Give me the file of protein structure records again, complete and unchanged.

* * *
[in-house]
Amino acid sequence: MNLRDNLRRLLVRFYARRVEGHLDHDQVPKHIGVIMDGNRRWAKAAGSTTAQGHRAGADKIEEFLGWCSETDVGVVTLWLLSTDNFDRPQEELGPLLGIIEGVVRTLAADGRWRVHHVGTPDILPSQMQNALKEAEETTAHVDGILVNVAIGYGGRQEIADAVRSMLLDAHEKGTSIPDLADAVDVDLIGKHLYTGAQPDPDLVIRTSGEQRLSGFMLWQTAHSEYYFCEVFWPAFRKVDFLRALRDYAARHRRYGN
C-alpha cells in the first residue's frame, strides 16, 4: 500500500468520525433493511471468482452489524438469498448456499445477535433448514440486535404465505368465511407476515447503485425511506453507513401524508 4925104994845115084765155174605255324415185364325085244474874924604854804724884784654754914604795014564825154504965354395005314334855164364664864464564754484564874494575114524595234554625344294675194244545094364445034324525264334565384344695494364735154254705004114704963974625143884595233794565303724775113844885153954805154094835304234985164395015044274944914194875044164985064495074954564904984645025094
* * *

[in-house]
Amino acid sequence: MNLRDNLRRLLVRFYARRVEGHLDHDQVPKHIGVIMDGNRRWAKAAGSTTAQGHRAGADKIEEFLGWCSETDVGVVTLWLLSTDNFDRPQEELGPLLGIIEGVVRTLAADGRWRVHHVGTPDILPSQMQNALKEAEETTAHVDGILVNVAIGYGGRQEIADAVRSMLLDAHEKGTSIPDLADAVDVDLIGKHLYTGAQPDPDLVIRTSGEQRLSGFMLWQTAHSEYYFCEVFWPAFRKVDFLRALRDYAARHRRYGN
C-alpha cells in the first residue's frame, strides 16, 4: 500500500468520525433493511471468482452489524438469498448456499445477535433448514440486535404465505368465511407476515447503485425511506453507513401524508 4925104994845115084765155174605255324415185364325085244474874924604854804724884784654754914604795014564825154504965354395005314334855164364664864464564754484564874494575114524595234554625344294675194244545094364445034324525264334565384344695494364735154254705004114704963974625143884595233794565303724775113844885153954805154094835304234985164395015044274944914194875044164985064495074954564904984645025094